(Usual disclaimer: this is not my design, and I am only sharing how I put this together for your enjoyment. I cannot be held liable if you build a trailer using these instructions and it somehow impacts negatively on your life.)

UPDATE: While my friend remains pleased with her trailer, one design flaw that has come up is that the side tubes flex too much with a heavy load. The inside tubes get pushed down by the box and thus pull the axle plates in, resulting in the tops of the tires scrubbing against the box. The box is only bolted to the tubes at each end, so a simple remedy is to add another pair of bolts in the middle. But of course there's always going to be a limit has to how much side load those thin axle plates can take.

111_1200.JPG Take one pipe, and using the conduit bender we make the first bend, which will be at the rear of the frame.
112_1202.JPG The second pipe, bent in three places. The first is to meet the other pipe at the rear, the second to enclose the frame perimeter, and the third been the opposite direction to join this pipe against the first one. Measuring and making this last bend can be a bit tricky. You have to remember which way the bender goes, so that you don't end up bending the wrong way! And you'll have to stand the bender so that its head is up, and bend the tube around it instead of vice versa (trust me, you'll understand once you get to it).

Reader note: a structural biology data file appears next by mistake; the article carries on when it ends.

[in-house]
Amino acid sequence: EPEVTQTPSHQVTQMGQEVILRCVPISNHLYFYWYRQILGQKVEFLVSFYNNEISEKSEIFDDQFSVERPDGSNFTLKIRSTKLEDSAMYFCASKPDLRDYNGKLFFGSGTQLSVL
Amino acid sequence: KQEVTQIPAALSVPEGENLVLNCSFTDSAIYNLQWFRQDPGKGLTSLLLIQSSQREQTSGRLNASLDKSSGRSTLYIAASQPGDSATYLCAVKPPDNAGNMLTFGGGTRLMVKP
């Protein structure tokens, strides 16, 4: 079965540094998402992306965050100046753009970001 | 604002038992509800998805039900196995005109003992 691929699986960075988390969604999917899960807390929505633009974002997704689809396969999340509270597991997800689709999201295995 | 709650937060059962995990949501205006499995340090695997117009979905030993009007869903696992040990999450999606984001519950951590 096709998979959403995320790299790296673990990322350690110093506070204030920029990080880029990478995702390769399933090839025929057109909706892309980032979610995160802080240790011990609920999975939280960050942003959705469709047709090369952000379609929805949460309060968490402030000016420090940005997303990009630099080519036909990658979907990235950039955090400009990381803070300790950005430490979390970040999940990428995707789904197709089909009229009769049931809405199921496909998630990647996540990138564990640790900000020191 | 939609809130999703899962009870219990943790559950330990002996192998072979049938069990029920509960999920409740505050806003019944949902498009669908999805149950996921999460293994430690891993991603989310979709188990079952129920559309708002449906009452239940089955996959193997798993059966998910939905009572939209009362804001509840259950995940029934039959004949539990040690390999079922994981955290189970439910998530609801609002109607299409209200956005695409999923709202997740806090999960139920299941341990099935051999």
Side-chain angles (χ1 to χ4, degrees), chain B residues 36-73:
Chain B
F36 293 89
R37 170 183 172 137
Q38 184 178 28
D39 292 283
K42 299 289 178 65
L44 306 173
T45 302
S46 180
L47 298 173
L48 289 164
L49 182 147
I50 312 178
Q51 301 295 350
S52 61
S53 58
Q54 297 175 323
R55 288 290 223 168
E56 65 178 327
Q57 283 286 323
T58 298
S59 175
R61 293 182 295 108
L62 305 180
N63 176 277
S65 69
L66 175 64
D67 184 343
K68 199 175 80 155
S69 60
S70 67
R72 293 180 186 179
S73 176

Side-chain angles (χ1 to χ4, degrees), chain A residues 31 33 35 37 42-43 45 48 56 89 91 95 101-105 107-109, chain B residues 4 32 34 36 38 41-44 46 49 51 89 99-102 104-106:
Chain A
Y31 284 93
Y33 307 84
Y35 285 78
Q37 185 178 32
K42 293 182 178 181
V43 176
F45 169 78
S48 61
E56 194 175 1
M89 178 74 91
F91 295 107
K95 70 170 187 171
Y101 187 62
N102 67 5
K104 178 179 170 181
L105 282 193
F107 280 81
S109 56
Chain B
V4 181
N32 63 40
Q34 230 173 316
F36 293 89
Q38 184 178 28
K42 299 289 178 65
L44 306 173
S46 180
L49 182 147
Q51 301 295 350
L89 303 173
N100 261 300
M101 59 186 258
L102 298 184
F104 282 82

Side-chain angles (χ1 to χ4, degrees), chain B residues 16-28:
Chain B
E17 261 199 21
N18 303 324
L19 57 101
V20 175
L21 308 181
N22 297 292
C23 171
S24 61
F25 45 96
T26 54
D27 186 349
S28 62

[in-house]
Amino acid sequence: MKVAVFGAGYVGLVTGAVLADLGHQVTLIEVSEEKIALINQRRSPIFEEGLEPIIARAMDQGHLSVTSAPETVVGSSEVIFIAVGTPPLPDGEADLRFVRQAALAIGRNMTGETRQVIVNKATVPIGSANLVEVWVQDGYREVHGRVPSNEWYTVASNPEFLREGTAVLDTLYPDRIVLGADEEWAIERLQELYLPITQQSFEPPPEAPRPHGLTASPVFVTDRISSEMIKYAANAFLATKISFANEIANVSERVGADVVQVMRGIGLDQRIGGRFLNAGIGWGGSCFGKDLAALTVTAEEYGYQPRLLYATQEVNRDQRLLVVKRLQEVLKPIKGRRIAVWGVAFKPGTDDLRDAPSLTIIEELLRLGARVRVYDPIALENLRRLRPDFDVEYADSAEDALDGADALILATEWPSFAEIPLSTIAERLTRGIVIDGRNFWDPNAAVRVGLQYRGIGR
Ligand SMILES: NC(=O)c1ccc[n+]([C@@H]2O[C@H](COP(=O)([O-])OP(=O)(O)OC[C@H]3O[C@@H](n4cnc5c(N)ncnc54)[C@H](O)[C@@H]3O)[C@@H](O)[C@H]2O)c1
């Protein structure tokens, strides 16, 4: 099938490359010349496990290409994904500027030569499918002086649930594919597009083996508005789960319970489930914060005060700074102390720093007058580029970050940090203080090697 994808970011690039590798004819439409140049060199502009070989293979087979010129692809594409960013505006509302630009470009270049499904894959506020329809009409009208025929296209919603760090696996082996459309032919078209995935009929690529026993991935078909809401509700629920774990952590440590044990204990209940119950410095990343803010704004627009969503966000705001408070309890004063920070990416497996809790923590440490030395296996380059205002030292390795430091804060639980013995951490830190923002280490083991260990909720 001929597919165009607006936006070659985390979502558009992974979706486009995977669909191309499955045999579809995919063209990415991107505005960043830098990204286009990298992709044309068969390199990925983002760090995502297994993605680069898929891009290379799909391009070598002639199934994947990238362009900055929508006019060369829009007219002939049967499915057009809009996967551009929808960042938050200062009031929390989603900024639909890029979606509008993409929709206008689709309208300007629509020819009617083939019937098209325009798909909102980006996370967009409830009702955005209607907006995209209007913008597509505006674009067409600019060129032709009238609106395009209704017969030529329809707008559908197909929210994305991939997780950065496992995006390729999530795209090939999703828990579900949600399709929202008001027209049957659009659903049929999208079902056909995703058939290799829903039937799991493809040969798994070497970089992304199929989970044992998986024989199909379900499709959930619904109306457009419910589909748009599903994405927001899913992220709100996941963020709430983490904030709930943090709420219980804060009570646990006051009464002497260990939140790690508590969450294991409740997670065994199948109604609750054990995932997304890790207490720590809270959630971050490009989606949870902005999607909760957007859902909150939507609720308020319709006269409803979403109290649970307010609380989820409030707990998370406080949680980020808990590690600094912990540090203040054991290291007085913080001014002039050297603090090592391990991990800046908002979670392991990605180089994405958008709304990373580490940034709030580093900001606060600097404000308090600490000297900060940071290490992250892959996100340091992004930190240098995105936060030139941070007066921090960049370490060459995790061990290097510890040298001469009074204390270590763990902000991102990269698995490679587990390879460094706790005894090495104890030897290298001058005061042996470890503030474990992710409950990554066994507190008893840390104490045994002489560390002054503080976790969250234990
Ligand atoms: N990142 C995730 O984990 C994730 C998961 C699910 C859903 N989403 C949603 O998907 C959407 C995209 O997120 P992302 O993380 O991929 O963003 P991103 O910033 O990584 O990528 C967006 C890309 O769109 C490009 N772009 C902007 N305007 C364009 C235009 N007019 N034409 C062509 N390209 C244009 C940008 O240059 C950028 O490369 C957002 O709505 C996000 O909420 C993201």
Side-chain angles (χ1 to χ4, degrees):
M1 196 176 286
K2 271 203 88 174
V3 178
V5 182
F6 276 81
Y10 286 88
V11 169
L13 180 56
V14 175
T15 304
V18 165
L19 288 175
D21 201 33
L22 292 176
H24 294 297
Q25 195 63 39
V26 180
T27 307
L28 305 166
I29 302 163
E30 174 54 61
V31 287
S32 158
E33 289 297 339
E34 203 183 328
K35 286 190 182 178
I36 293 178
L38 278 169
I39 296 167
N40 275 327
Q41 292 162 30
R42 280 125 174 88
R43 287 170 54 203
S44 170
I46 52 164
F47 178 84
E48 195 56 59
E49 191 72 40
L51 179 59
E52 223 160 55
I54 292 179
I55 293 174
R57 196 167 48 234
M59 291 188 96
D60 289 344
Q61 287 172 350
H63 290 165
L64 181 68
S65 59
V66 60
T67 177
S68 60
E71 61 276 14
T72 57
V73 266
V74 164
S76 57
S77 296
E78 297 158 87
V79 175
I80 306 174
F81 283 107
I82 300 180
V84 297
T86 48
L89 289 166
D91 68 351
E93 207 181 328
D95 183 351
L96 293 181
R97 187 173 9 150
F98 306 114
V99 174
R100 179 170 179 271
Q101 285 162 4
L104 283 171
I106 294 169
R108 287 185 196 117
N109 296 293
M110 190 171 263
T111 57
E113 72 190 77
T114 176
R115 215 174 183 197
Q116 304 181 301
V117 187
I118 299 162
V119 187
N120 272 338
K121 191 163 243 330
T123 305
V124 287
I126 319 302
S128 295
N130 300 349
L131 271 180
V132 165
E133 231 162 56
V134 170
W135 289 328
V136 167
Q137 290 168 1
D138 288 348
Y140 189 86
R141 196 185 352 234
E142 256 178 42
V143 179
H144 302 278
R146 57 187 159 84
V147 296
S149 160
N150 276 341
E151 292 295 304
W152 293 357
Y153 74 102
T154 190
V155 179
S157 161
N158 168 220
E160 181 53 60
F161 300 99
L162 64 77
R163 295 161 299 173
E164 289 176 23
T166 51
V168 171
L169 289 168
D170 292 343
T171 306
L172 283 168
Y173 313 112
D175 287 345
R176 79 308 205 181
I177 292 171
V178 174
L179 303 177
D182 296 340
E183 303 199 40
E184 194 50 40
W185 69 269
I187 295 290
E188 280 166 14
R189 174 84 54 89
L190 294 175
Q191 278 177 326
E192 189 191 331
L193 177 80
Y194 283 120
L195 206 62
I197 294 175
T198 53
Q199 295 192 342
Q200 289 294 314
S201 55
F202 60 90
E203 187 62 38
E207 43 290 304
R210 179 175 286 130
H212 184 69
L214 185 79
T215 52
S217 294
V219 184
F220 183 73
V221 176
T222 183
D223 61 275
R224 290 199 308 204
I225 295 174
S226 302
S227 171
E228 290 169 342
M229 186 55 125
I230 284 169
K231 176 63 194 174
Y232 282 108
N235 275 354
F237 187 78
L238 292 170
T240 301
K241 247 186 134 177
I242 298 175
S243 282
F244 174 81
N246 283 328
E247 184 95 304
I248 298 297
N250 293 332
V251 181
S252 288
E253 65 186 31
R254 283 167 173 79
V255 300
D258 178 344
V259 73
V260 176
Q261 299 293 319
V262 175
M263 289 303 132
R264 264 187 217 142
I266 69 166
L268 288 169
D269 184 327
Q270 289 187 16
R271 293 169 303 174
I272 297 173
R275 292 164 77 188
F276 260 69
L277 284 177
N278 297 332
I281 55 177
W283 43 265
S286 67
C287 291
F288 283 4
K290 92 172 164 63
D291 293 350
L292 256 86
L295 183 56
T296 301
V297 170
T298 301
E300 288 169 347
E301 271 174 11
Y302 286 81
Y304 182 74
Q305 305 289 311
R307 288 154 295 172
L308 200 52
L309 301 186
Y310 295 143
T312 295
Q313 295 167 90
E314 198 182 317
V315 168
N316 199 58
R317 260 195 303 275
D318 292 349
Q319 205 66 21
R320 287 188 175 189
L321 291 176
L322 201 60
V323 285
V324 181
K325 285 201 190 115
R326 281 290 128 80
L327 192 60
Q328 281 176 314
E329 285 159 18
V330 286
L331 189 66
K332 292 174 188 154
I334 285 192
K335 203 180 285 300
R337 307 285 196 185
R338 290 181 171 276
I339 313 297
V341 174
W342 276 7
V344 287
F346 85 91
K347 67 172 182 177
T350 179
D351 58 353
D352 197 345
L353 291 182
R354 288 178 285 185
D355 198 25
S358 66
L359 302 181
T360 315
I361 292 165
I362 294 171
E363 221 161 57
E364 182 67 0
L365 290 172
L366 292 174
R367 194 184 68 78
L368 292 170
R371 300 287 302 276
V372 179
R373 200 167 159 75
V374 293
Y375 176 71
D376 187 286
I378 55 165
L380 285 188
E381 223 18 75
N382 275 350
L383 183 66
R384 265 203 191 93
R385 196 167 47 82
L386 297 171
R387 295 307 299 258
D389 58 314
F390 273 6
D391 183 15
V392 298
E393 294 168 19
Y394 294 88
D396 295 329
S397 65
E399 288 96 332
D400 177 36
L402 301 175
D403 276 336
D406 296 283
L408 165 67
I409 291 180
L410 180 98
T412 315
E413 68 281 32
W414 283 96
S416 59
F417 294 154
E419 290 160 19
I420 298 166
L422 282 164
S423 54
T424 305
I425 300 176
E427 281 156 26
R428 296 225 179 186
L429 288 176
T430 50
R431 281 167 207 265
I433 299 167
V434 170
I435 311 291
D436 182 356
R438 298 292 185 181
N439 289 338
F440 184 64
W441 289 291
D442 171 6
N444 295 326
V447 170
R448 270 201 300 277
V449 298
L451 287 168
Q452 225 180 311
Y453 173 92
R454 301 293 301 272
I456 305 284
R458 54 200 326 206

112_1203.JPG At the rear, slide on a pipe connector. This sleeve has an inner ridge that the pipe will stop against.
112_1204.JPG While the connector is fine for holding the pipes together when they are clamped against a wall or wherever for their intended use of enclosing electrical wires, this join is probably not going to be strong enough for a the sort of stresses a trailer frame will be under. So I insert a length of hardwood dowel to add strength.
112_1205.JPG But alas, I couldn't find a dowel that fit perfectly (either just undersize, or just over), so I wrapped it with a few passes of electrical tape to thicken it up.
112_1206.JPG The connector has two bolts that tighten down against each end of pipe, but I wanted to go right through each pipe and into the dowel, so it was time to drill that out.